The picture offers some interesting perspectives on racism, particularly in the character of Catherine Cantrell (Felicia Farr). Her compassion toward Indians in the story is severely tested right after Taini (Kathryn Grant) provides cover for Madden's murder charge by stating that she spent the night with him. All of a sudden, Catherine's no longer the sympathetic, understanding woman who sees the good in everyone. It's a provocative scene because she reveals her own prejudice even while she can't believe she can have those kinds of feelings.

    Sheriff Jim Dixon (Otto Hulett) was a stand-up guy in the story for backing the law and putting Madden under protective custody before the town mob got out of control, but something he said managed to bother me. As Madden and Catherine Mitchell were discussing how feelings can lead to problems and misunderstanding, Dixon stated "The law has feelings too". In matters of right and wrong, I don't think feelings have any place in the interpretation of the law. It might have sounded good in the story when the sheriff said it, but I thought it was totally misplaced.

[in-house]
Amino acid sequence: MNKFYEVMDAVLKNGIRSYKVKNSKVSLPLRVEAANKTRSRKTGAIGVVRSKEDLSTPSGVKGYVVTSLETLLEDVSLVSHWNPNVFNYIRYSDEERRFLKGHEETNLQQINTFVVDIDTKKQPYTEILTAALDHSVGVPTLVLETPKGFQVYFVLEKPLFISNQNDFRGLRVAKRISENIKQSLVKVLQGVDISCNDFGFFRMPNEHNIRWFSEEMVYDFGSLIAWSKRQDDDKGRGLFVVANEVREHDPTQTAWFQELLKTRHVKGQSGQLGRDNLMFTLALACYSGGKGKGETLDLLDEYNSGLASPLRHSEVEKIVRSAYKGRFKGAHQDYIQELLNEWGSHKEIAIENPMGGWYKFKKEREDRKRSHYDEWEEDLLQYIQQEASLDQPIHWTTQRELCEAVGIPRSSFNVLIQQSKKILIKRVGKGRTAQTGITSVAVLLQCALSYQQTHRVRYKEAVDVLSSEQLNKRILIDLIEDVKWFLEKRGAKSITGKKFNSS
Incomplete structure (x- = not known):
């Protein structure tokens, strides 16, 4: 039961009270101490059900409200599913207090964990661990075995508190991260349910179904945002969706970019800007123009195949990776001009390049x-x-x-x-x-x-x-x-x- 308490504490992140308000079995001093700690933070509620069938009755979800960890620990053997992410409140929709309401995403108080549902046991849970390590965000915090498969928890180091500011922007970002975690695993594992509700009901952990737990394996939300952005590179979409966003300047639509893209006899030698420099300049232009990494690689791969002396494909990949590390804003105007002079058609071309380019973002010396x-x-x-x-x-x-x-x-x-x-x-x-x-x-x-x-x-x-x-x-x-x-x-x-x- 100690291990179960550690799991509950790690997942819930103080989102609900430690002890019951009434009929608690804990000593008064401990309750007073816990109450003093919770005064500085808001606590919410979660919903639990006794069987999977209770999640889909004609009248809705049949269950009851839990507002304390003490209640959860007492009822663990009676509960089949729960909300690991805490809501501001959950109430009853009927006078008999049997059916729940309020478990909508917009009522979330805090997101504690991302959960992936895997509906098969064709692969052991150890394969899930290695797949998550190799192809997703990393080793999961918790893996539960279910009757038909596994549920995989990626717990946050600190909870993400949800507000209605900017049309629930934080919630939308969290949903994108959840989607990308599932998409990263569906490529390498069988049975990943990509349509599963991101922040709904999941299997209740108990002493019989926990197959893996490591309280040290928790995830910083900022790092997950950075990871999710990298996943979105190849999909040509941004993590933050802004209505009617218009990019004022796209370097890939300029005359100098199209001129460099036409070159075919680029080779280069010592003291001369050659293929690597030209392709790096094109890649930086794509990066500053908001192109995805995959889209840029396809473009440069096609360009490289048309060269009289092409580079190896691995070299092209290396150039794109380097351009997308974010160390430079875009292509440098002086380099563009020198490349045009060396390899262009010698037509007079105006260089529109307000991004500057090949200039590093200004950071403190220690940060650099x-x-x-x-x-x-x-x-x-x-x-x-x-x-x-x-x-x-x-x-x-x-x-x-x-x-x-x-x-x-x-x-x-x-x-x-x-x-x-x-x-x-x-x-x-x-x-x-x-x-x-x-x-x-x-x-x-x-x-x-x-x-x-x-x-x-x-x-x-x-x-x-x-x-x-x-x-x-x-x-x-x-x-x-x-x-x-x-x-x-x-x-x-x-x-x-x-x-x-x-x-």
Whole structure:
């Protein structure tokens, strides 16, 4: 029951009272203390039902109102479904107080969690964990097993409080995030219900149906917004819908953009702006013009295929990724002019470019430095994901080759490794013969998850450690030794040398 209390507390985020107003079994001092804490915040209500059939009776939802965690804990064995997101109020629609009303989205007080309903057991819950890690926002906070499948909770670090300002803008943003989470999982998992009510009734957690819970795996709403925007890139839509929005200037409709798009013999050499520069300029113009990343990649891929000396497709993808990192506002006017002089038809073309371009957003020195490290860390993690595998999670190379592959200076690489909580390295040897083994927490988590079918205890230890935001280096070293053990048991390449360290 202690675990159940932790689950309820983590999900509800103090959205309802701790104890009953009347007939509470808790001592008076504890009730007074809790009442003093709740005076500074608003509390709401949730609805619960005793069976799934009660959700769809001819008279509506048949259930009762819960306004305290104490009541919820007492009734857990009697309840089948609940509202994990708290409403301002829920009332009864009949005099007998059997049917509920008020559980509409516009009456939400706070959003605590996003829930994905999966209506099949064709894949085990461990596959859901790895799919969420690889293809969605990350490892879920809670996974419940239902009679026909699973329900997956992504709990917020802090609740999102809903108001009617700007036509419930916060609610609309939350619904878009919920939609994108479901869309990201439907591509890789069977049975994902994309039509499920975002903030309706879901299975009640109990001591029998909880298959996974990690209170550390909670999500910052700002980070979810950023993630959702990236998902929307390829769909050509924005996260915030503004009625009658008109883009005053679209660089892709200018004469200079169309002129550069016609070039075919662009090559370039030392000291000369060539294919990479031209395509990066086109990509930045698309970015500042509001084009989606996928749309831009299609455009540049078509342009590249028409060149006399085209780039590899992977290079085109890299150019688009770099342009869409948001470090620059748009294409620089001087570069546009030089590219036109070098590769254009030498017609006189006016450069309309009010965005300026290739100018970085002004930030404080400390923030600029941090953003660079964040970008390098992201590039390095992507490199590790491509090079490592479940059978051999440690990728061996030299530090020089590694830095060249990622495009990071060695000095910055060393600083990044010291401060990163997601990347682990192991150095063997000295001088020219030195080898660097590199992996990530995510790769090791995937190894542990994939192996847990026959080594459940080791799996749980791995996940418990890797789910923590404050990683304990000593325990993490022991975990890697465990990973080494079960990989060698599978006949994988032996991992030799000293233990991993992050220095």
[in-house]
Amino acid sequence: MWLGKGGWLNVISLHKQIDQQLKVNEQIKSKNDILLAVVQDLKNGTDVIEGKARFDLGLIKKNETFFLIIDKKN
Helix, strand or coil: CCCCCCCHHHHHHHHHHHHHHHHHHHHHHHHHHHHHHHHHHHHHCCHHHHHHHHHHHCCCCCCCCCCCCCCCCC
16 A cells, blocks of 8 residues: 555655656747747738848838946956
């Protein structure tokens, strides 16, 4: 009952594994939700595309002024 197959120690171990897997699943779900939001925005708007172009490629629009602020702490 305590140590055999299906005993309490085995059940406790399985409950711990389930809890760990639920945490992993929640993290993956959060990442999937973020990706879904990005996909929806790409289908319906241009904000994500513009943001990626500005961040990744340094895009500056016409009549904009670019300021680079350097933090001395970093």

Hey, how about that miracle shot Bert Shipley (Michael Pate) made when he hit Taini - she was standing almost directly behind Madden! Granted, he only grazed her arm but from where I sat it didn't look very believable. Bert was another interesting character by the way. A rabid racist along with his brothers, he didn't have a problem coming on to the Indian maiden Taini. His character was a brilliant expose on how bullies and thugs can rationalize their behavior when it's in their own self interest.

    Anyway, Madden is vindicated of the murder he's charged with, while the woman who earlier professed her love for him in front of the entire town finds herself free to join him. Considering Madden's temperament throughout most the story, the attempt at a feel good ending didn't quite strike me as a happy ride off into the sunset.
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    WARNING: spoilers.